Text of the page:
Finding ways to tap into Child Passions is what mentors do. It is our job to capture this natural interest and channel it into learning opportunities. When we help make meaning out of a child’s passion, the learning is relevant, engaging and on-going.
We dive into passions every day at Forest School – it is inherent to our emergent-based, student-led model. Whether it’s birds, tracks, shelters, adventures, hiding, seeking, wandering, music, imagining, creating, being animals… the list goes on and on and on. Whatever the passion may be, we want to jump on what captivates them and meet them where they are at.
It can be tricky sometimes.
Take for example, “Nerf Mania” – an idea born from our students and an idea we originally vetoed for the last year or so. There are plenty of reasons to be hesitant about an activity like this (and with good reason), but after stepping back, we had a shift in our thinking and perspective.
After reminding ourselves that we are always trying to engage our student’s passions (it just so happened that for this group, and at this time, it was Nerf) we went for it. And with a little forethought and planning (and ongoing reflection) we were able to draw on learning and skills, which helped give a little more meaning to the type of recapitulative play that these students desired.
It wasn’t all out warfare – far from it. With the students we established ground rules to keep everyone safe, and they drew maps to help come up with strategies. We were able to incorporate some core routines (ie “Sit Spot”) and help develop fine motor skill and coordination through target games. We saw teamwork, cooperation and communication skills used in Capture the Flag. We even developed our quiet minds and observation skills when jumping into the role of the camouflaged, silent hunter.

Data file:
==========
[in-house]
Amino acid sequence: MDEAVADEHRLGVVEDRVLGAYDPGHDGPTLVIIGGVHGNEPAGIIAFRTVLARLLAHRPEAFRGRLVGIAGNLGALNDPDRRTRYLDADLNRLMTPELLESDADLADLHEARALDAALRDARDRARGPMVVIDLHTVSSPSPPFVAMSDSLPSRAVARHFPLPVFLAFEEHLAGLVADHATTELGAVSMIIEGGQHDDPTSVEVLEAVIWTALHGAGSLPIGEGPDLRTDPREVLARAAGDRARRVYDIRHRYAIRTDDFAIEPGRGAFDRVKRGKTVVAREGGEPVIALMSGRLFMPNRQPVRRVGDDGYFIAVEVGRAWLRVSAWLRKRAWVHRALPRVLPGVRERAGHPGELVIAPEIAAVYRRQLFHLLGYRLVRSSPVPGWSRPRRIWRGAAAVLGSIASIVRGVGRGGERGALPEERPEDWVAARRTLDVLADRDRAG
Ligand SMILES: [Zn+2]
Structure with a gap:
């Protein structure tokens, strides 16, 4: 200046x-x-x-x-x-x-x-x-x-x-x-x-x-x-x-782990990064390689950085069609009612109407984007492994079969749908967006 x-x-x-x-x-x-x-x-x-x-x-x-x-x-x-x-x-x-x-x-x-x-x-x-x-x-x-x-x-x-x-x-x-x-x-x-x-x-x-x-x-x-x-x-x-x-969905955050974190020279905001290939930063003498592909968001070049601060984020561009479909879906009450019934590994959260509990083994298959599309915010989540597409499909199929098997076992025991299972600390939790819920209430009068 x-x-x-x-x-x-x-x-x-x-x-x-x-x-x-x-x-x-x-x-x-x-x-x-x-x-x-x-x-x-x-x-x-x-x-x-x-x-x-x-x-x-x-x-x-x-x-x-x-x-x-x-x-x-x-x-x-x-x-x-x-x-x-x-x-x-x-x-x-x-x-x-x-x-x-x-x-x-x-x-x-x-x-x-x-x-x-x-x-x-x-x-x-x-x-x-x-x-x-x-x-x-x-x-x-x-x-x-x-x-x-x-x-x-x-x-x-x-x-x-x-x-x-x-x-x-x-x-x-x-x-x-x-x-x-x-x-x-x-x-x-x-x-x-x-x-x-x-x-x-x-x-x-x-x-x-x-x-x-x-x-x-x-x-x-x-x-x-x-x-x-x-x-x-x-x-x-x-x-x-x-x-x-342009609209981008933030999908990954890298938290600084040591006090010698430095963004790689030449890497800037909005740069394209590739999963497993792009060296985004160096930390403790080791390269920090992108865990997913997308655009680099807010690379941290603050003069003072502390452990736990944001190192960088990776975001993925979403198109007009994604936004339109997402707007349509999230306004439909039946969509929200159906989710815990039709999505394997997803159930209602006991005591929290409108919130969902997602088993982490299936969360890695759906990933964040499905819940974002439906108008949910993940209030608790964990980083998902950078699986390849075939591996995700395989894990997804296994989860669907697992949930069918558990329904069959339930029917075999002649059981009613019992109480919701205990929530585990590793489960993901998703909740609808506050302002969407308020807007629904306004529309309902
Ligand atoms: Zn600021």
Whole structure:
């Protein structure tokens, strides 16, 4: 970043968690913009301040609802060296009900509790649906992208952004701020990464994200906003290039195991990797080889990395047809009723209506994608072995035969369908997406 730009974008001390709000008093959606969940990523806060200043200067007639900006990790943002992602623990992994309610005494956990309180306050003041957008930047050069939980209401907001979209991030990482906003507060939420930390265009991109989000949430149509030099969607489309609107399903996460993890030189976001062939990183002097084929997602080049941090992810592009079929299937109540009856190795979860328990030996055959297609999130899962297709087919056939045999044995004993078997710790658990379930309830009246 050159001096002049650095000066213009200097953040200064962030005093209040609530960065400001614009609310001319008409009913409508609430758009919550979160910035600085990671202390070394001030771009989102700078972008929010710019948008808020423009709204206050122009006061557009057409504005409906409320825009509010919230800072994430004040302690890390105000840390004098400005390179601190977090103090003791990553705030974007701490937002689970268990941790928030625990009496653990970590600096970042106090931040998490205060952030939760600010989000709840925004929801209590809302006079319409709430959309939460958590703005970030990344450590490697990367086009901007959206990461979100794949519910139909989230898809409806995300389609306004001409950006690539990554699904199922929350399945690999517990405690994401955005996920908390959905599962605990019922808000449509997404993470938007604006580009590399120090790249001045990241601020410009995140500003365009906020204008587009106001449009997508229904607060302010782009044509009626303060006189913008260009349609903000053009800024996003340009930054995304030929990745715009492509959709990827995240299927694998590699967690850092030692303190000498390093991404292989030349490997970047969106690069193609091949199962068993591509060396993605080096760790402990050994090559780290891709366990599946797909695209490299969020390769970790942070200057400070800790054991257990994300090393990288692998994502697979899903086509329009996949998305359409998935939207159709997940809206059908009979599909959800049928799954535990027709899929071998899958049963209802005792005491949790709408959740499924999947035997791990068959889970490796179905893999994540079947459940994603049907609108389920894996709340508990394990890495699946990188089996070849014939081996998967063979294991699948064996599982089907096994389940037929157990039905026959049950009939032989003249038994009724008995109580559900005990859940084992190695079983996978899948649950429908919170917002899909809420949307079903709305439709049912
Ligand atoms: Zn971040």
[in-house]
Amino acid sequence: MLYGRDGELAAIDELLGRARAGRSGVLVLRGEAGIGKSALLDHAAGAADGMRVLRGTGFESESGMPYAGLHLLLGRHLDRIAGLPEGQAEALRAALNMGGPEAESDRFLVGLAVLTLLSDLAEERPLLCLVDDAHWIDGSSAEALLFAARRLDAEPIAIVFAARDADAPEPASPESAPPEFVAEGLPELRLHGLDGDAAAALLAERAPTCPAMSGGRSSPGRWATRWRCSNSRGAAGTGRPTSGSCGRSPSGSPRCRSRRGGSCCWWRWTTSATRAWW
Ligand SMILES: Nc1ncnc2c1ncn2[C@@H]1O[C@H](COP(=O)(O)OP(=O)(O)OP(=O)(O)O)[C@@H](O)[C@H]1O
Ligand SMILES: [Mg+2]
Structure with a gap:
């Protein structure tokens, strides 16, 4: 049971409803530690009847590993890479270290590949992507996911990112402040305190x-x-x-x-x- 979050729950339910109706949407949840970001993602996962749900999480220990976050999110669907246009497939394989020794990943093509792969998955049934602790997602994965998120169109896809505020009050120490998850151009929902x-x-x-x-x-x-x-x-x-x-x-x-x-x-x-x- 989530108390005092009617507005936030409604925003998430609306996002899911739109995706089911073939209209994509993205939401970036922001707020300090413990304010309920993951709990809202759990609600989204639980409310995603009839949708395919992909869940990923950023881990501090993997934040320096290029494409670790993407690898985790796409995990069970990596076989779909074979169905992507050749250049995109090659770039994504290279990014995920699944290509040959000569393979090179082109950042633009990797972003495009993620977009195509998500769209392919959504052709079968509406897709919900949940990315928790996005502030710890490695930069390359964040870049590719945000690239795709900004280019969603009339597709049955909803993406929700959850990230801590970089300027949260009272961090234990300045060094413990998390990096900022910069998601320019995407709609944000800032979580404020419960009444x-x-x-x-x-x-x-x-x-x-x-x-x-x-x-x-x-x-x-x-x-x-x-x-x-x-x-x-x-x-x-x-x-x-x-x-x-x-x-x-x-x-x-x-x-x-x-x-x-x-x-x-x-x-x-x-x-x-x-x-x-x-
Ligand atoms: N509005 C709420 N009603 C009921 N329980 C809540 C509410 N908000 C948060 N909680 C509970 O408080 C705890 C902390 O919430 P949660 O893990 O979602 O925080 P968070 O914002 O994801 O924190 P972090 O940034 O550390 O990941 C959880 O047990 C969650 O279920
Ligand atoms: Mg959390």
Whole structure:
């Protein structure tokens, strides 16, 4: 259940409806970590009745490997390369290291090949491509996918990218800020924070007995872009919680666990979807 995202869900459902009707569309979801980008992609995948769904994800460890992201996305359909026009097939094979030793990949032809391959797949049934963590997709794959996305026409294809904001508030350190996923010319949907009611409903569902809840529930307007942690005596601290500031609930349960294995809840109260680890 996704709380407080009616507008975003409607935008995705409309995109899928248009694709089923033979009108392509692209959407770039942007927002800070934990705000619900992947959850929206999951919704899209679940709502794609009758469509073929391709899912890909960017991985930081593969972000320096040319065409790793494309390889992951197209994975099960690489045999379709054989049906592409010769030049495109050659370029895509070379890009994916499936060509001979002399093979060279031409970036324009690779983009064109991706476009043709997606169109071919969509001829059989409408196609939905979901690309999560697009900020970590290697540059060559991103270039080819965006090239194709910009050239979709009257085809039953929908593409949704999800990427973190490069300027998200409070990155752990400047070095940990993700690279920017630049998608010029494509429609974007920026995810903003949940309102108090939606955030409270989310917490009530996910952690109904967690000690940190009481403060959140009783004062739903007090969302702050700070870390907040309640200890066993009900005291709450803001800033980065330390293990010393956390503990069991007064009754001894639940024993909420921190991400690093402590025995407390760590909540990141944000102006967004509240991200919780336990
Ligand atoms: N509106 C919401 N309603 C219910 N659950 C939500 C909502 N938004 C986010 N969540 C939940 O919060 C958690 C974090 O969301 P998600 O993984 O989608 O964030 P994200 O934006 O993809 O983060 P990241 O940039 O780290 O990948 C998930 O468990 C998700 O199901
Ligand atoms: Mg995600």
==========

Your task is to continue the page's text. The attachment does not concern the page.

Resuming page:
We took it further and drew out learning about sustainable hunting practices and wondered and reflected on the ecological impact of the plastic and rubber Nerf darts (and thus as a group chose to limit our dart number so we’d be sure to collect them). We explored eco-friendly options, which are seemingly unavailable on the market. Don’t be surprised if your child asks you for a potato to make a dart or tries to invent a biodegradable dart – there’s certainly a niche for it!
As part of our reflective practice, we realised that we moved from a hard “NO” to meeting students where they were at, challenging us to draw learning out of this childhood passion.
This is a bit of an extreme example! But we deal with uncovering and engaging with Child Passions every day. Children love games – they love hiding and seeking and sneaking up on others. They love “hunts” and errands and adventures. They love to make believe and create fantasy worlds. Their passions are endless, and by getting excited alongside them and being a role model in their journey, we help them come alive and create lifelong connections with nature.
We’d love to hear you thoughts! Please comment below.